To export shapes from Silhouette FX,

  • select your layer (the fastest way is to select your main layer which contains all the other layers)
    • go into node
      • enable color
        • set outline size (remember to set the same size for the other layers)


Connect the OUTPUT node to the RGB channel of your ROTO node so you can see your shapes. After that, disconnect all the input nodes from your ROTO node; this way you're able to export JUST YOUR SHAPES.

NOTE: If in any of the ROTO nodes, the motion blur is on, switch it off to render out the shapes



I first was thinking about rotoing out also the hair. In order to get an idea of how to approach it, this video can be helpful: Hair Rotoscoping. To roto hair, use open splines. You even have the possibility to define the thickness of the hair strands by transforming the spline.



After rotoing out some hair strands, I decided to try out another method: POWER MATTE. I immediately fell in love with power matte. It can save you a lot of work and is really easy to use. Just draw 1 FOREGROUND SHAPE and 1 BACKGROUND SHAPE. Silhoutte than calculates and separates the foreground from the background. I decided to do it with this method, because I think in the industry they would like to see you getting things done accurate and detailed, but also fast. This is the reason why I chose this approach: it just saves you a lot of time.




In the beginning, it's really hard to create the right shapes. You have to analyze the movement and in my case the body before creating shapes.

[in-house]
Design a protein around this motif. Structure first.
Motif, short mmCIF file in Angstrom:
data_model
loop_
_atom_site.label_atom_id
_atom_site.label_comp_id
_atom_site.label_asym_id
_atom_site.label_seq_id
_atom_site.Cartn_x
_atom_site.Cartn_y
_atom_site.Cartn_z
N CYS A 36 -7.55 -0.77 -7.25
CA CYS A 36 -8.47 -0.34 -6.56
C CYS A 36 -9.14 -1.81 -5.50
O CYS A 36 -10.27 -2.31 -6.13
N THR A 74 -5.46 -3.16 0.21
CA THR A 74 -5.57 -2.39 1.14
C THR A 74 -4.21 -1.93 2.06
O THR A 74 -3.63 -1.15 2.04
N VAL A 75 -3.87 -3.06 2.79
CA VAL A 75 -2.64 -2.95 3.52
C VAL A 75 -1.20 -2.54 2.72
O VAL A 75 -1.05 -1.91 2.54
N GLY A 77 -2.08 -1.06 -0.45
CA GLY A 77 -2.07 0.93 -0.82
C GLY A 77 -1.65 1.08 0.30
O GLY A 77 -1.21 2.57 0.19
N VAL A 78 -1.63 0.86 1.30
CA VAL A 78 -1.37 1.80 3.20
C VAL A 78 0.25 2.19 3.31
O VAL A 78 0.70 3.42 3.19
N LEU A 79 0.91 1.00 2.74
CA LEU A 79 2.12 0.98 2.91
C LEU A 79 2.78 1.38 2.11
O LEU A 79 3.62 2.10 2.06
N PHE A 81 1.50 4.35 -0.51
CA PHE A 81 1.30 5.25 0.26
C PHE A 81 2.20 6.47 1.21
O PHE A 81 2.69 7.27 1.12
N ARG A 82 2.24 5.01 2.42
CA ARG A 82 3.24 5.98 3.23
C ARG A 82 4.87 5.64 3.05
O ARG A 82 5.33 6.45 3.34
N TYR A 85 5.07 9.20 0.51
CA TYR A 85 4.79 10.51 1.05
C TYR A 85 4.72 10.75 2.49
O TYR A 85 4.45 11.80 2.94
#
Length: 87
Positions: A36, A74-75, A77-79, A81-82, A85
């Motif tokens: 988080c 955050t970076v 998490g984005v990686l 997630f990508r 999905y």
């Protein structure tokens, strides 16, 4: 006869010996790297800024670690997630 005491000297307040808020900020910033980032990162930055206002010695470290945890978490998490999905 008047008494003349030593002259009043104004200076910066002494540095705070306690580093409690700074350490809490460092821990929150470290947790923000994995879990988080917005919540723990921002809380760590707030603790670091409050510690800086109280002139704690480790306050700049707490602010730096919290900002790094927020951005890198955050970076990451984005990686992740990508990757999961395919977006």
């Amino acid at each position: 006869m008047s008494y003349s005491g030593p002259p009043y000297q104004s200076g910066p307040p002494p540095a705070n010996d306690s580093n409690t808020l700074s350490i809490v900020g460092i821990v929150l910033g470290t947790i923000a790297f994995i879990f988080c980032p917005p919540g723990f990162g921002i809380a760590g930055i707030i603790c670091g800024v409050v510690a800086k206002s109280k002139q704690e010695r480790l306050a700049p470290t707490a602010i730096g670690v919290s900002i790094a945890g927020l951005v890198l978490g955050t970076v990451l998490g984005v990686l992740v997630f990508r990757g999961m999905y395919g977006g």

My problem is, that the woman is running and also if it is a continuous movement, her body changes directions. I'm not sure where to place the shapes and how to create a continuous movement.

Then there are the cloths.... what a nightmare! I didn't think that it's so much work, but yes it is. Between laughs and tears, I give you a really good advise: have chocolate with you!! Someone said I'm dangerous because I have always chocolate with me  😉


Motion Blur is hard to understand in the beginning, because our eye an't see what's going on when something is moveing really fast


In Photoshop I'm used to paying attention to edges and when I have to make a selection I always want to have a perfect edge. When rotoscopig you have to think different, because the edge should go a bit further out so that you can adjust it in a second step and pull some pixels outside. The GOAL IS NOT TO LOSE ANY PIXELS. "The mattes you create need to EFFECTIVELY & CONSISTENTLY cover your focus object" - "Rotoscoping Techniques and tools for the Aspiring artist" by Bejamin Bratt explained


After carefully analysing the shot, I thought I can give it a try and use a new tecnique. Using the IK Technique was a first step to move the shapes roughly, although it didn't do the magic for me. 


I never thought that this Roto takes so long. I was enthusiastic and motivated at the beginning, but at a certain point, I just wanted to be finished. Sometimes it's hard to keep being motivated, so here's my Roto survival list:


No matter which workout you like, just do it. I personally like to train in the morning to start my day full of energy! It also helps, to not end up like a hunchback.


Good music and podcasts 


Chocolate, chocolate, and even more chocolate. Whoever sits next to me is in danger, I share my sweets and I know very few people who can't resist 🙂


Working on something else. Working on something else is the best thing to do: after a while, you don't see your errors anymore, so moving on to something else and coming back to your work, makes it easier to spot issues. 


Take hot chocolate, coffee, and snack breaks. This is a good way to come back with a fresh mind, but also to get to know other people. I'm a communicative person and like to get to know others. 


Think about your learning process. By making mistakes you learn a lot and personally, I think it's the best way to learn: you remember the mistakes you made and you learn from them. Now I would know how to place the shapes, how to make the shapes and how much I should extend the edges.